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How to Beat Back a Weed to Get Better Forage and Wildlife Habitat

By   /  August 13, 2018  /  4 Comments

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Like almost every grazier, Dee (DeWitt) Morris has a problem weed. For him and his Mountain Springs Ranch in Wyoming, it’s cheatgrass, an annual grass that can out-compete and eliminate nutritious native forages for livestock and wildlife, and disrupt processes that create healthy soils. And the problem, left unmanaged only gets worse with time. Cheatgrass is highly flammable, helping wildfires spread more rapidly, and once the fire has passed, cheatgrass aggressively recolonizes burned areas, setting up the potential for a new and dangerous fire cycle.

“Cheatgrass is a threat to our way of life in Wyoming,” says Jennifer Hayward, District Conservationist for the USDA Natural Resources Conservation Service in Pinedale, Wyoming. She was one of Dee’s partners helping him solve his weed problem. In this 3:37 minute video, Dee and Jennifer describe how they worked together, along with the Sage Grouse Initiative, Wyoming Game and Fish, and Sublette County Weed and Pest, to put together and begin to implement a plan to reduce cheatgrass.

What Can You Do With This?

Say you don’t have cheatgrass, and you’re not grazing large western landscapes, what does this have to do with you?

Well, if you’ve got a plant pest you’re trying to manage, or you’ve got wildlife habitat that you’re trying to maintain or improve as part of improving soil health and forage for your livestock, you can use Dee’s example of reaching out and working with others to find a solution. You can start by contacting your local USDA Natural Resources Conservation Service office. Find yours here. They can provide technical and financial assistance to graziers who want to combat invasives and improve plant diversity on their land. Your local Soil and Water Conservation District office is another great resource (find an office here), and don’t forget your Extension Specialists who are a wealth of knowledge. No matter who you reach out to, tell them what your goals are and ask them for suggestions and resources that can help you get there.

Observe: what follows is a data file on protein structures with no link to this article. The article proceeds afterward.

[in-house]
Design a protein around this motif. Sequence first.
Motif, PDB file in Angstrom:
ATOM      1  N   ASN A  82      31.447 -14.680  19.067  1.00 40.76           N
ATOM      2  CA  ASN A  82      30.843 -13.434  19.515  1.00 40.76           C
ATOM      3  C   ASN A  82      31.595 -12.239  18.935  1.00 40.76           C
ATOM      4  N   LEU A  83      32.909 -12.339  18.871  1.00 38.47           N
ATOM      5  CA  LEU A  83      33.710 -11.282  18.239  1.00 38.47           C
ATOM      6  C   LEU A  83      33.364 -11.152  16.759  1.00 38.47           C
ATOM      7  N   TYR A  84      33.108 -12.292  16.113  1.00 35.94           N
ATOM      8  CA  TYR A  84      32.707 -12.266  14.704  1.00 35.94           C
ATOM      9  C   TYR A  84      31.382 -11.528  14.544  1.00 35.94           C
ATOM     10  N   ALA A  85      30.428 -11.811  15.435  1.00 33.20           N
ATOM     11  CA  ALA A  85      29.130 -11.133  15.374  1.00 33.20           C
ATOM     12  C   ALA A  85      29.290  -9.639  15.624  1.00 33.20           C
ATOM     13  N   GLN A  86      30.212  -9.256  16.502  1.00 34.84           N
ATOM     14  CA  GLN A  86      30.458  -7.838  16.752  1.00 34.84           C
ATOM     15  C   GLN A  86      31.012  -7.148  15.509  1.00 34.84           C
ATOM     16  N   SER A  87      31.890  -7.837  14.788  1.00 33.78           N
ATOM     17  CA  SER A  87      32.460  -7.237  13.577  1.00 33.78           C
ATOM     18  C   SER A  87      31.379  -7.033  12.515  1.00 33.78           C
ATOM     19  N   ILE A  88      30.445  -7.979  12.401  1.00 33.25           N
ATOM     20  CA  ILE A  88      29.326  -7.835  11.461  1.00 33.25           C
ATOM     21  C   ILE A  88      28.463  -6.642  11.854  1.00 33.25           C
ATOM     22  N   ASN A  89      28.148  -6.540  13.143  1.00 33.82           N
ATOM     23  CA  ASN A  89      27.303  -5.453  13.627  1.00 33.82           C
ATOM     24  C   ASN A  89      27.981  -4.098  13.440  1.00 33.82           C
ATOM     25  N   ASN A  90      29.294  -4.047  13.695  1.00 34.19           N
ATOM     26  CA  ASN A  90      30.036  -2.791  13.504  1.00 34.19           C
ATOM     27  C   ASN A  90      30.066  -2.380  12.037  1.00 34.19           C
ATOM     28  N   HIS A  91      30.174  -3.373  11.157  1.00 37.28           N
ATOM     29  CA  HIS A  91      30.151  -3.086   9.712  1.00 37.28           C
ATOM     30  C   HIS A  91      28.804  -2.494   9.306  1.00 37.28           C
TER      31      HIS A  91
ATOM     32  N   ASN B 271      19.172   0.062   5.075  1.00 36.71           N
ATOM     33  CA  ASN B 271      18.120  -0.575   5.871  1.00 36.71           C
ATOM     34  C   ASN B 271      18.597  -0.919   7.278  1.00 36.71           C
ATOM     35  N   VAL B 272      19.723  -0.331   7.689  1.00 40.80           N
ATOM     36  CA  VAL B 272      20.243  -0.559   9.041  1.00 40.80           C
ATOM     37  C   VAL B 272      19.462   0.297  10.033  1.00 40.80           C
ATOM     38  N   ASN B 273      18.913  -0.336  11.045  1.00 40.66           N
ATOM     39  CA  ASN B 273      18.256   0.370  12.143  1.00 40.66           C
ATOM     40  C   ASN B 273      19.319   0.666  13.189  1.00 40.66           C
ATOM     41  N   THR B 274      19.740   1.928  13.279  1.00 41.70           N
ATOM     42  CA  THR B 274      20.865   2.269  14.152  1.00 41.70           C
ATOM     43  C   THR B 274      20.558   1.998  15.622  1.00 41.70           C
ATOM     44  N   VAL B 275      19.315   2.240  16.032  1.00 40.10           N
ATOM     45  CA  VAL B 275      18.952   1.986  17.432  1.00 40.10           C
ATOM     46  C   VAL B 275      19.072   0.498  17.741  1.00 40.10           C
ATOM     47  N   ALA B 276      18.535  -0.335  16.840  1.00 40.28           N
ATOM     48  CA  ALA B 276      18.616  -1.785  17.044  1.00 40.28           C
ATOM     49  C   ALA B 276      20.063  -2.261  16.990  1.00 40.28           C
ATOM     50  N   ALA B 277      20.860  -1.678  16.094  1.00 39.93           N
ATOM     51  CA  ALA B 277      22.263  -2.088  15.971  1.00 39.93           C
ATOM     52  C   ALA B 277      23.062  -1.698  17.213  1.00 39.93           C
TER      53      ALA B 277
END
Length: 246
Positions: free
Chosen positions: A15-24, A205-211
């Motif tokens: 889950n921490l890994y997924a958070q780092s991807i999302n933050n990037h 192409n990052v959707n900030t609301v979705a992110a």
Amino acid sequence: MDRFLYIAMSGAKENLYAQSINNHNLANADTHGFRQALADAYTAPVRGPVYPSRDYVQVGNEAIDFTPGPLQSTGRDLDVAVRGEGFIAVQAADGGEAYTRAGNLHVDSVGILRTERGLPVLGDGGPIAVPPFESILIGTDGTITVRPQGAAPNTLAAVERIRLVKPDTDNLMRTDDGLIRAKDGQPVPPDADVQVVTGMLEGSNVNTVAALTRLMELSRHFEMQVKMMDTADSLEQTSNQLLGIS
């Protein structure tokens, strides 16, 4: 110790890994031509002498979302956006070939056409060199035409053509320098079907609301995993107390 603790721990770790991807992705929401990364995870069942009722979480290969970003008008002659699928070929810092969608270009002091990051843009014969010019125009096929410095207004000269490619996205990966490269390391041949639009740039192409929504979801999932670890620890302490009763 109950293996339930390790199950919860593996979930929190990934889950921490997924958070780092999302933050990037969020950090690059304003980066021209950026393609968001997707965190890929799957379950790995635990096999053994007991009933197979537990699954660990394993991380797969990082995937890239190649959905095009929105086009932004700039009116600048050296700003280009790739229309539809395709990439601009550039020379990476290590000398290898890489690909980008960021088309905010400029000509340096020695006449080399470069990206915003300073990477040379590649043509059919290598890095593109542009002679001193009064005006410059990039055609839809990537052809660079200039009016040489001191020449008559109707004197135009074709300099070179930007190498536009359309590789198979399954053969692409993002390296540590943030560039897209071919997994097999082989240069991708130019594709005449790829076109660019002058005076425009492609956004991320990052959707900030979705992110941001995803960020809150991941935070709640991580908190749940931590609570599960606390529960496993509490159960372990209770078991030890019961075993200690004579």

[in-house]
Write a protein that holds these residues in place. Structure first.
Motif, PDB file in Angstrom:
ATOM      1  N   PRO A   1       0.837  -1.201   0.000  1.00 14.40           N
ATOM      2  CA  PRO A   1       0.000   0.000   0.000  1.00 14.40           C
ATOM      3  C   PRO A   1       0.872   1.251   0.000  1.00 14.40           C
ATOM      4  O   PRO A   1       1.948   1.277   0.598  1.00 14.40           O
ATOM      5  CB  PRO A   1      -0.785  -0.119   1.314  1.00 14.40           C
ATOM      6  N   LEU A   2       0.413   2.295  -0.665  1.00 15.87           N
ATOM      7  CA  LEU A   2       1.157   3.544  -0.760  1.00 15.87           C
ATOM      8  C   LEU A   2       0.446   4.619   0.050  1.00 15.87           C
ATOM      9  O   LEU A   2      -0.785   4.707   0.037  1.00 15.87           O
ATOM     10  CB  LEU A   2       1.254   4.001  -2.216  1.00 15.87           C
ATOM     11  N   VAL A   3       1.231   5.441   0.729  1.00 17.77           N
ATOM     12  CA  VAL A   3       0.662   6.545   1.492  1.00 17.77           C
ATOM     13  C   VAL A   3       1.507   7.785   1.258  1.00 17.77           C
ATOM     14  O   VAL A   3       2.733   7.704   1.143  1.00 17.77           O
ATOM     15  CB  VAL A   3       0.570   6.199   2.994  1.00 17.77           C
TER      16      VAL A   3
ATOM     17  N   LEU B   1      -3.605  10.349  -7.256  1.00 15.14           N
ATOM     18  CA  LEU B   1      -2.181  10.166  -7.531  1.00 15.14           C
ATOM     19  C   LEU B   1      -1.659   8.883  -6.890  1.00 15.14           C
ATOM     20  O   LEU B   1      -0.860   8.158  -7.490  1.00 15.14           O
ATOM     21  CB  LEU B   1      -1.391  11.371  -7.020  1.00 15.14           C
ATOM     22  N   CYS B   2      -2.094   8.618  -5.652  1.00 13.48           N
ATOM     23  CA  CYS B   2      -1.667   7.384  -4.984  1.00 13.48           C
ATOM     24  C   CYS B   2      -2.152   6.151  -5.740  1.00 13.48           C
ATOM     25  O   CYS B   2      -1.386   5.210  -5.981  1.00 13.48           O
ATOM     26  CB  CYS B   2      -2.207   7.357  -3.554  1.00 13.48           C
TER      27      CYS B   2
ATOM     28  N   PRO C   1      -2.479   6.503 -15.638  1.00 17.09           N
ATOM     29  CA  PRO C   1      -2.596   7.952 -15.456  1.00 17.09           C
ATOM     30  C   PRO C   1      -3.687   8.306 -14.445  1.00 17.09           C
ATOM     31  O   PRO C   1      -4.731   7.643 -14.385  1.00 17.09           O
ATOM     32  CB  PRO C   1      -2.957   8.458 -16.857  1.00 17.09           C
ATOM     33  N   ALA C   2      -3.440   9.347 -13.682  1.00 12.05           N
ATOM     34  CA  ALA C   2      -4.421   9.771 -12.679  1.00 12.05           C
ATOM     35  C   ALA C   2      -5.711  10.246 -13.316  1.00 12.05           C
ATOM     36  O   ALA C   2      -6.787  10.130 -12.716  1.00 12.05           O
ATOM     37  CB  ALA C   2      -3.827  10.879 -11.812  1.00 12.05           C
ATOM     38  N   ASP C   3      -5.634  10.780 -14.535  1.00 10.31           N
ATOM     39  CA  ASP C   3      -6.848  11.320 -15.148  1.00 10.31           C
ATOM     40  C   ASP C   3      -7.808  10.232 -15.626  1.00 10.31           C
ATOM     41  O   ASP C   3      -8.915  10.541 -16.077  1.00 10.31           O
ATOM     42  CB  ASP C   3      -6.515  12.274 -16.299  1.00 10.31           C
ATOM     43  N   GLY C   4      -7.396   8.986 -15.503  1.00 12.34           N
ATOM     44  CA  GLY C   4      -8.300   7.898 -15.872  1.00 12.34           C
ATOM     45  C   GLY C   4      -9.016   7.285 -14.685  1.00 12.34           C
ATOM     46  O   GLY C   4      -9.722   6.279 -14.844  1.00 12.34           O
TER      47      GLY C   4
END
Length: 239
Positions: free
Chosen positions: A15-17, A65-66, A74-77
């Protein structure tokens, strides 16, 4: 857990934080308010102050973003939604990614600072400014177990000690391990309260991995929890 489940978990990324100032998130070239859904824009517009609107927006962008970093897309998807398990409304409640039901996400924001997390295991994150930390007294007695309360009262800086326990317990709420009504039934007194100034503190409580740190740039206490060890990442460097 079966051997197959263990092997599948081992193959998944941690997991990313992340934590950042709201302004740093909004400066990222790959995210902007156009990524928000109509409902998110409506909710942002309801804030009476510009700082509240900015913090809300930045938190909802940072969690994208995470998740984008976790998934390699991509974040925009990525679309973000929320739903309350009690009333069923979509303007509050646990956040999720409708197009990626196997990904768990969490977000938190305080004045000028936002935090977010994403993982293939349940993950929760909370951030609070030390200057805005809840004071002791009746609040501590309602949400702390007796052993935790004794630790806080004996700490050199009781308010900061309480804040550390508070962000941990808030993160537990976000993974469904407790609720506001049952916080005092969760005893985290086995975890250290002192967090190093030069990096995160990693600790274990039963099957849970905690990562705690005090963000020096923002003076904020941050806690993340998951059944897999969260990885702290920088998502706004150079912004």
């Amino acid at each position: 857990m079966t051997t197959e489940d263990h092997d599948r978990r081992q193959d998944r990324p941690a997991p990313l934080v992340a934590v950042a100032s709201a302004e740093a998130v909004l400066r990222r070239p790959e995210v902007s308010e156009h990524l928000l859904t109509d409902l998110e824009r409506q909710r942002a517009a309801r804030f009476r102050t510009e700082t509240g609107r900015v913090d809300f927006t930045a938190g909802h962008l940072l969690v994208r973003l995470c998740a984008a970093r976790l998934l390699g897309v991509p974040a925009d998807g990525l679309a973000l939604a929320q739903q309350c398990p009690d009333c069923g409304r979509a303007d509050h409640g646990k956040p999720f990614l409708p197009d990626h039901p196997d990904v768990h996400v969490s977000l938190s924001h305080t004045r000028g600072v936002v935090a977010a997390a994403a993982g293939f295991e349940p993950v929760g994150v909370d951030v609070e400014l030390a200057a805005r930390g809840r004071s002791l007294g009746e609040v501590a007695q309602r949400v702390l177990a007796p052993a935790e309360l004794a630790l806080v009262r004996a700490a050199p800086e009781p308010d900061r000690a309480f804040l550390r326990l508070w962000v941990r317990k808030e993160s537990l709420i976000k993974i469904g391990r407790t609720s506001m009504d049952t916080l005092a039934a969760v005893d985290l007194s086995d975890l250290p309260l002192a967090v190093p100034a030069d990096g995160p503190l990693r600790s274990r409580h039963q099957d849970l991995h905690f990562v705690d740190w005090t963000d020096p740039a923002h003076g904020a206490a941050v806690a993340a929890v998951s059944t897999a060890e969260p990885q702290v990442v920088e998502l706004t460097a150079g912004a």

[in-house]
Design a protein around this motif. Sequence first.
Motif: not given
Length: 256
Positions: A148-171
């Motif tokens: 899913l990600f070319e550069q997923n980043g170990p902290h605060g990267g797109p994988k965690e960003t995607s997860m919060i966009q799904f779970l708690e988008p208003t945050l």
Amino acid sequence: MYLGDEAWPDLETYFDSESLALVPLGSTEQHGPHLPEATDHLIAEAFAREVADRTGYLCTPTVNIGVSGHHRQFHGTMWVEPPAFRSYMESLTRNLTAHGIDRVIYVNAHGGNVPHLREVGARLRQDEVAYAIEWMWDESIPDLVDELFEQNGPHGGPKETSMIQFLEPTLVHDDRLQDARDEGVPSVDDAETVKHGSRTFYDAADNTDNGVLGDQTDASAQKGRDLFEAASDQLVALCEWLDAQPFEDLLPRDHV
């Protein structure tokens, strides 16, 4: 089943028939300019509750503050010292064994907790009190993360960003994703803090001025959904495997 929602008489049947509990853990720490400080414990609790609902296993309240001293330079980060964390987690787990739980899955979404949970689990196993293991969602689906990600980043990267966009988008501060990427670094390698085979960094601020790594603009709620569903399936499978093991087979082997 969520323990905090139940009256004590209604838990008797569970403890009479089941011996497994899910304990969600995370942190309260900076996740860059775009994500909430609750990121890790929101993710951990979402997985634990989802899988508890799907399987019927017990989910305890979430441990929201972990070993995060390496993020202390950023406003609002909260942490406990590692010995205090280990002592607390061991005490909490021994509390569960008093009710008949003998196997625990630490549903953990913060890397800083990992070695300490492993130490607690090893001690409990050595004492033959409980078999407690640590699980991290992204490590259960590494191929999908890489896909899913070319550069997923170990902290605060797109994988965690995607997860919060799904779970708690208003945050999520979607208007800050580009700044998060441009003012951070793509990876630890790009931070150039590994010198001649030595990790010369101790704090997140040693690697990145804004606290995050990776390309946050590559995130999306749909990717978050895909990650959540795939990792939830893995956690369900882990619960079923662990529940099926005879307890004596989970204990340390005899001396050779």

And always remember that people are different. So if the first person you try doesn’t have the answers you need, don’t give up on humanity. See who else is out there for you.

And hey – On Pasture and our community is always here too. If you need a topic covered, let me know and I’ll get on it. If you have suggestions, share them in the comments below.

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About the author

Publisher, Editor and Author

Kathy worked with the Bureau of Land Management for 12 years before founding Livestock for Landscapes in 2004. Her twelve years at the agency allowed her to pursue her goal of helping communities find ways to live profitably AND sustainably in their environment. She has been researching and working with livestock as a land management tool for over a decade. When she's not helping farmers, ranchers and land managers on-site, she writes articles, and books, and edits videos to help others turn their livestock into landscape managers.

4 Comments

  1. Josey Sutton says:

    It doesn’t say anything about what they did. I’m pretty sure anybody who would bother to watch this already knows cheatgrass is bad.

  2. curt gesch says:

    I’d be interested in knowing the details of how they weakened cheat grass and encouraged native bunchgrasses or other vegetation.

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